Working Long Hours Can Raise the Risk of This Disease
Working long hours can have detrimental effects on health — from increased stress to higher rates of certain chronic diseases. Now, in the latest study exploring the effect of extended work hours, researchers say that type 2 diabetes may be one of them.
Mahee Gilbert-Ouimet, an epidemiologist and postdoctoral fellow at the Institute for Work and Health in Toronto, and her colleagues analyzed data from a database of more than 7,000 workers in Canada who were followed for more than 12 years to better understand whether work hours can affect the risk of diabetes. In the study, published in BMJ Diabetes Research & Care, they report that women working more than 45 hours a week had a 51% higher risk of developing diabetes during the study period compared to women working 35 to 40 hours a week. (That was after the scientists adjusted for other potential factors that could affect diabetes risk, including physical activity, BMI and smoking.) They did not see the same effect in men; in fact, men working longer hours seemed to have a lower risk of developing diabetes compared to men working fewer hours.
“I was surprised to see the somewhat protective effect of longer working hours among men,” says Gilbert-Ouimet. “Among women, we know women tend to assume a lot of family chores and responsibilities outside the workplace, so one can assume that working long hours on top of that can have an adverse effect on health.” They found, for example, that the effect of longer working hours was stronger among women logging more than 45 hours a week at work who were living with children under age 12.
Another potential reason for the gender difference may have to do with the type of work men reported; in the study, about a third of the men working long hours said they spent that time doing a combination of sitting, standing and walking, compared to only 8% of the women who worked longer hours. The men’s higher level of physical activity may help to explain, in part, their lower risk of developing diabetes.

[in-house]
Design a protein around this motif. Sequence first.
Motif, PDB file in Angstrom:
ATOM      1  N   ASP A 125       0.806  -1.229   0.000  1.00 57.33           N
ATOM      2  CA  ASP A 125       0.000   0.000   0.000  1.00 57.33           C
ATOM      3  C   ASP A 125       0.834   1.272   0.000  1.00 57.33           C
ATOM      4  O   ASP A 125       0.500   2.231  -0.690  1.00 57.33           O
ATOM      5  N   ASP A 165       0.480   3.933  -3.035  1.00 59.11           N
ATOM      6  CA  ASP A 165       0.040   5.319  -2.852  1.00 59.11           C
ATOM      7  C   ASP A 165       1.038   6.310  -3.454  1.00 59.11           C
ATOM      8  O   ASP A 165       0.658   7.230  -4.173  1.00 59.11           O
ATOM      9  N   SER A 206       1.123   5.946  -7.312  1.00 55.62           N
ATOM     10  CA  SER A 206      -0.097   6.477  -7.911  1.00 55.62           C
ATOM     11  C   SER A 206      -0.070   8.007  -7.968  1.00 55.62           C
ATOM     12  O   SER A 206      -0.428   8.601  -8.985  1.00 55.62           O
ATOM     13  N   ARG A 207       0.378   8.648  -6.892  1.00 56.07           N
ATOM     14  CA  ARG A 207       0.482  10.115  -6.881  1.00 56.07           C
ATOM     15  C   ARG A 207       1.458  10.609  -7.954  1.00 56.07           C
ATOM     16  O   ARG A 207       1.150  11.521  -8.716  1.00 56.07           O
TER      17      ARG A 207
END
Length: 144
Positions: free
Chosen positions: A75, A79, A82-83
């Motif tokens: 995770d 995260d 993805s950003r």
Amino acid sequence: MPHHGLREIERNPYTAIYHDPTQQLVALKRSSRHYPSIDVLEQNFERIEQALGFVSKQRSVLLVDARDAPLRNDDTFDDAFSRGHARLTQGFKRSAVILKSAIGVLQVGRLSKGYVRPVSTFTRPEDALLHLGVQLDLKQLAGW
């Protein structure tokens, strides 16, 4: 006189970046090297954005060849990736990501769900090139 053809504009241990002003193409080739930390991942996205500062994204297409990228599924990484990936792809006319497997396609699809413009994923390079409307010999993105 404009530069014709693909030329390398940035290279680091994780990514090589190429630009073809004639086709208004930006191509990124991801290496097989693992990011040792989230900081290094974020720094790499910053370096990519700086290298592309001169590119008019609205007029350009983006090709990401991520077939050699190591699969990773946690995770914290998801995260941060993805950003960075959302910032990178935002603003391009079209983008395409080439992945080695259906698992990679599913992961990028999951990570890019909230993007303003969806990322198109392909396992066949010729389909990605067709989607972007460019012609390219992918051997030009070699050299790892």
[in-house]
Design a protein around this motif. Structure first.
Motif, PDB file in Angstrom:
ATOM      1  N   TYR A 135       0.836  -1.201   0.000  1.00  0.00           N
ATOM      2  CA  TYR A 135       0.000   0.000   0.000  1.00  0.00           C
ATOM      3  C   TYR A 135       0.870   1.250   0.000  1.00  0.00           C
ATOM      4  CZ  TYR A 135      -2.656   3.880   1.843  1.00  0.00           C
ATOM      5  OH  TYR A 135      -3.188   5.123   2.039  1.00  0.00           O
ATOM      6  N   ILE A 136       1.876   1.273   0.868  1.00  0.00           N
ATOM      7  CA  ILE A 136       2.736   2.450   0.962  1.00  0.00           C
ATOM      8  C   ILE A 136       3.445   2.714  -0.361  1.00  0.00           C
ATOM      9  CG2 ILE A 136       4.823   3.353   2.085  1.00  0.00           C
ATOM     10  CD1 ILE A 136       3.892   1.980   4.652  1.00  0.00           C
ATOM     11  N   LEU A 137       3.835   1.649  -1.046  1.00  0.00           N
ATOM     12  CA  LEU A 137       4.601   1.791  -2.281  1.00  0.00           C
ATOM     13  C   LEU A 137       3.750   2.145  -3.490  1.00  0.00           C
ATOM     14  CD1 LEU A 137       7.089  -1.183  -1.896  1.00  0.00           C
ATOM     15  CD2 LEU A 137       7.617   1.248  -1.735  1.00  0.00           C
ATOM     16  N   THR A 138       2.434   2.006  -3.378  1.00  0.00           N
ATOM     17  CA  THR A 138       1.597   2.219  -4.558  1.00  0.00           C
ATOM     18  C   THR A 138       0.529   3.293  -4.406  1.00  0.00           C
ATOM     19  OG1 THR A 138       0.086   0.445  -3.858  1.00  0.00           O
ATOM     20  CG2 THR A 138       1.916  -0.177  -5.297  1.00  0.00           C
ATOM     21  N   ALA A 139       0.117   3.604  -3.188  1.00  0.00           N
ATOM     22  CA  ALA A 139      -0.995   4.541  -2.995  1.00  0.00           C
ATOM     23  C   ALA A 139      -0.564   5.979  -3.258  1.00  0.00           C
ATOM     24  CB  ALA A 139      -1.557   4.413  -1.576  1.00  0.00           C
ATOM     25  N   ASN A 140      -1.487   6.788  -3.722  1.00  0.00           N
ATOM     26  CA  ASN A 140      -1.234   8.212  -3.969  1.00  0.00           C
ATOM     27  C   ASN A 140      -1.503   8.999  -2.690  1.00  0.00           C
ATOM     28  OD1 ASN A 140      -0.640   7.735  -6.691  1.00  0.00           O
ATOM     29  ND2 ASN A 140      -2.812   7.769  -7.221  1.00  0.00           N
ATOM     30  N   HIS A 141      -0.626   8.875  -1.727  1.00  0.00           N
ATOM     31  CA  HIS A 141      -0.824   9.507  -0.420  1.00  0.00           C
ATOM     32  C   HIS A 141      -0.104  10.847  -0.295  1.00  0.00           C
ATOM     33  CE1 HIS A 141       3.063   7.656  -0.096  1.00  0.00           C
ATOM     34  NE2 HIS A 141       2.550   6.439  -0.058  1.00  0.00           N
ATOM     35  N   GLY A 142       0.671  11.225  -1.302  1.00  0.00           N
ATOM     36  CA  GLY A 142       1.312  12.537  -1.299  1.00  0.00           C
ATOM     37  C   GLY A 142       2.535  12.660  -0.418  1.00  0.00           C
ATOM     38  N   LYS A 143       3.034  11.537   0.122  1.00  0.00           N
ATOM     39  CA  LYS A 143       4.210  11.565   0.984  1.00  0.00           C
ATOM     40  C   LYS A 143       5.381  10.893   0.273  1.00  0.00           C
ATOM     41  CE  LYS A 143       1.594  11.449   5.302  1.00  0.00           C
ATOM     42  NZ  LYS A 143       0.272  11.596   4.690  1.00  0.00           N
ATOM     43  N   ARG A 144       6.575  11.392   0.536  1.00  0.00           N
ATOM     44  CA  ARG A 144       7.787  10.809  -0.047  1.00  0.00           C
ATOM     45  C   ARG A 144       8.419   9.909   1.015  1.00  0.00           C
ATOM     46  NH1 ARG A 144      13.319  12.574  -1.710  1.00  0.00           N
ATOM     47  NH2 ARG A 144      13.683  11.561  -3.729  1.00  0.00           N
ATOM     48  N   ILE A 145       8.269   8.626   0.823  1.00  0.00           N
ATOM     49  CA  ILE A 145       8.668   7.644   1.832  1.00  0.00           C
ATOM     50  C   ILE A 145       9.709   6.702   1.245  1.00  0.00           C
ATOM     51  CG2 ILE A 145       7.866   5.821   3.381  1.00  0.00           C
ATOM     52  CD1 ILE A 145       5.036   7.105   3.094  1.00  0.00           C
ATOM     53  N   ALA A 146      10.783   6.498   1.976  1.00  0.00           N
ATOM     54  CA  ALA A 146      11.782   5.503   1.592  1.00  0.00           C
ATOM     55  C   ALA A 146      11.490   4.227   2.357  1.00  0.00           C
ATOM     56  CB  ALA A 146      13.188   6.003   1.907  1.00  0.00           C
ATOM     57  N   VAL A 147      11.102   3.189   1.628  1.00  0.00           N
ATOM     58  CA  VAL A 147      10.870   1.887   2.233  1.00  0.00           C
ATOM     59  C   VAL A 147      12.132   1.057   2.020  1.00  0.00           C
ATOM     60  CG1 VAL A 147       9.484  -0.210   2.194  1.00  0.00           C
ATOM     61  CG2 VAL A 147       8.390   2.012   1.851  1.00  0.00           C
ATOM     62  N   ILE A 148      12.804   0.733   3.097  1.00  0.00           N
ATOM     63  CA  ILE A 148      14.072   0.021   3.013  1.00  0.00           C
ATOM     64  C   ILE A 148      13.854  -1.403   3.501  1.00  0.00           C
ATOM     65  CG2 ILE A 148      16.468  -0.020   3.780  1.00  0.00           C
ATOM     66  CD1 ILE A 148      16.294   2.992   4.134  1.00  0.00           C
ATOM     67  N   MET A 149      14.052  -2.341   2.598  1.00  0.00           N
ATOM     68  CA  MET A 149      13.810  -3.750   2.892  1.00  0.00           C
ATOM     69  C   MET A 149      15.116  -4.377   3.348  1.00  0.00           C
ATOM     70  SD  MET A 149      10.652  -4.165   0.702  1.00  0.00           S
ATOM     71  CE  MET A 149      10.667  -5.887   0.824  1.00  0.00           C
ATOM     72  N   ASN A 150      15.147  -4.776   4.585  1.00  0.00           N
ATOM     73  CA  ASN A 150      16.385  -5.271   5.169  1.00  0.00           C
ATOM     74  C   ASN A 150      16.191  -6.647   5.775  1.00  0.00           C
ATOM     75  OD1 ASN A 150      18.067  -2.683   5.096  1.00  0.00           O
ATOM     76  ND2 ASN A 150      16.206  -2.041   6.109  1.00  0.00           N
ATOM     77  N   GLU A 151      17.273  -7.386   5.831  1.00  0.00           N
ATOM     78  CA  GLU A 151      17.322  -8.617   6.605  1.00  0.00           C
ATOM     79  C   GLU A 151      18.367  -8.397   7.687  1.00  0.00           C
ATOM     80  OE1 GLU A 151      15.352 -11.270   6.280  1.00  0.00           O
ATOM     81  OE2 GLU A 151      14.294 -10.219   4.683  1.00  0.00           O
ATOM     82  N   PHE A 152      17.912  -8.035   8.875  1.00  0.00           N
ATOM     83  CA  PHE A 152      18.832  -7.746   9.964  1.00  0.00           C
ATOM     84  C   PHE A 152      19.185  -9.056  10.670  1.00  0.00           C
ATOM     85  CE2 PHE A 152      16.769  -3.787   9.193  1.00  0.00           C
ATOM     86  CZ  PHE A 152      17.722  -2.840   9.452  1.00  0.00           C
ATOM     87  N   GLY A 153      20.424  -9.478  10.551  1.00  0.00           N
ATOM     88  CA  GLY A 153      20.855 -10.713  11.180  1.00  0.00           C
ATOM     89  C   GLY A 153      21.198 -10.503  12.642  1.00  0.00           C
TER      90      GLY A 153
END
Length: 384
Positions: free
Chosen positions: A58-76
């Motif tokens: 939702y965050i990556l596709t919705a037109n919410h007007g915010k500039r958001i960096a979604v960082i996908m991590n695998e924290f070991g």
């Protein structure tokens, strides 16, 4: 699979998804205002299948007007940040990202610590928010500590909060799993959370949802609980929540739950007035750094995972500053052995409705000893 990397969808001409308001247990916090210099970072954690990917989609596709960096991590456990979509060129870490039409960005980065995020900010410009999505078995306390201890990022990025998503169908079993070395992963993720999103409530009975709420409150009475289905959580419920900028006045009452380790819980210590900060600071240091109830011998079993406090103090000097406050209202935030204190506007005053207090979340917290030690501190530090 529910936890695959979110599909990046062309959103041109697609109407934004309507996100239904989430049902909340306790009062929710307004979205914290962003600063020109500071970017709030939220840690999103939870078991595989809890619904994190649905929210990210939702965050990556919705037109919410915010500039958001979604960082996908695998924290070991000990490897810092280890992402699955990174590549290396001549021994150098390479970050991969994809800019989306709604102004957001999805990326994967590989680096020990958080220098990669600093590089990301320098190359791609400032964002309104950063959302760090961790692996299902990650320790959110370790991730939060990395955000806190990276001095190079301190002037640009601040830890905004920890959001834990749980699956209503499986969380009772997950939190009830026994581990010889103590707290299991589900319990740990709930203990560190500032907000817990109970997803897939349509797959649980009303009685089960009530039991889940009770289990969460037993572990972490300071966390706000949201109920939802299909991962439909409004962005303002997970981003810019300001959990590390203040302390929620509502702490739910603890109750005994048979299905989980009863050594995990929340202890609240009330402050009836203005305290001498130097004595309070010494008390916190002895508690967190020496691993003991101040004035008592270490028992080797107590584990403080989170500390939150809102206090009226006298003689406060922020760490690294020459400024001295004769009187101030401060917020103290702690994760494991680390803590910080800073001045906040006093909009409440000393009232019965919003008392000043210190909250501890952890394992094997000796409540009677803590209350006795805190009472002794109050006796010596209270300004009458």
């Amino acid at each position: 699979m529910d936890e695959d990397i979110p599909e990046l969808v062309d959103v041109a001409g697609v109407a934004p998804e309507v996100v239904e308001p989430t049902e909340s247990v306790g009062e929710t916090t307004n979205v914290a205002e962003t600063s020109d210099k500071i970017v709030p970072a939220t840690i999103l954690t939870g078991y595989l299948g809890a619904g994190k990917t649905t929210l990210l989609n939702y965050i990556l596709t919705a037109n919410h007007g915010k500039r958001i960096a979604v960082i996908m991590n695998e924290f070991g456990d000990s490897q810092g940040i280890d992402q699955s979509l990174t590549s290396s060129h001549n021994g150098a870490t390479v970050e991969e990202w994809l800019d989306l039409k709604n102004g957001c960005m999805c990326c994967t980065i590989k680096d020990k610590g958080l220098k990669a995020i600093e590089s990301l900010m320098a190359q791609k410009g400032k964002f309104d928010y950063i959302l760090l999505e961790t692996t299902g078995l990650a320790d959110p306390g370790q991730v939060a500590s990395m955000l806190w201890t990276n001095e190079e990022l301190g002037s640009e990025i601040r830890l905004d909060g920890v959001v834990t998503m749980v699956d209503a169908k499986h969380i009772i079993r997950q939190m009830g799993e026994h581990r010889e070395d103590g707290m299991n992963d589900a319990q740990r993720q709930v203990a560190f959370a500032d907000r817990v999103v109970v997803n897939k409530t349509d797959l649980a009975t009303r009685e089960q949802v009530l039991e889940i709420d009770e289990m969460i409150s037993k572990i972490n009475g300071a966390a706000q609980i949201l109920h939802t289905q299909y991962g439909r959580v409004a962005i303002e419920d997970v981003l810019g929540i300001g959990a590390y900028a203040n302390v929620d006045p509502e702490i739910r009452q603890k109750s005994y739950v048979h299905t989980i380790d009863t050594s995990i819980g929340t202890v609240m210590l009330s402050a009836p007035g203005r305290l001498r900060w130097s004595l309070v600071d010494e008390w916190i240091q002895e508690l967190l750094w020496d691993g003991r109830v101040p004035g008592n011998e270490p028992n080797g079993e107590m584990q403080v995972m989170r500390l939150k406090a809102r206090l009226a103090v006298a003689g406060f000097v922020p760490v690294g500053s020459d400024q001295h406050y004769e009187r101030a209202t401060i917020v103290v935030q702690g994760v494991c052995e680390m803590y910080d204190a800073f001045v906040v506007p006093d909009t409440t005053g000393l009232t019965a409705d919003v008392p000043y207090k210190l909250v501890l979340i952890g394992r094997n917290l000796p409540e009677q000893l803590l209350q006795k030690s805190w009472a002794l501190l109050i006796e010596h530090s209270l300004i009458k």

The results add to the growing understanding of how work hours affect health, and especially diabetes. Previous studies found, as this one did, that people working longer hours seemed to have a higher risk of developing diabetes compared to those working fewer hours, but only among people with lower socioeconomic status. Most of the studies also included only men and not women. Gilbert-Ouimet and her team did not find a similar breakdown of risk by skill level, but she notes that there were few cases of diabetes among those with lower skilled jobs, and therefore their study may not have had the statistical power to pick up a valid trend.
The fact that long work hours may be connected to diabetes isn’t entirely surprising. People who work more than 40 hours a week may experience higher levels of stress, which can change hormones like cortisol. Changes in cortisol can affect the body’s insulin levels and its ability to break down sugar. Higher stress can also disrupt sleep and lead to poorer mental health, which in turn can contribute to changes in weight and insulin levels, and contribute to diabetes.
Gilbert-Ouimet hopes that the results stimulate conversations among doctors and their patients about the role that long work hours can play in compromising health — especially among women who might already have other risk factors for developing diabetes. “I think physicians should ask the question of how many hours a week their patients work,” she says. “And if women also have risk factors, then they should discuss more followup visits or screening tests for diabetes.” She also says that given the new normal in which smartphones keep everyone tethered to work, “it’s a nice wake-up call to know what long hours can do to your body and to your health, and maybe force yourself to do a bit less and take care of yourself more.”
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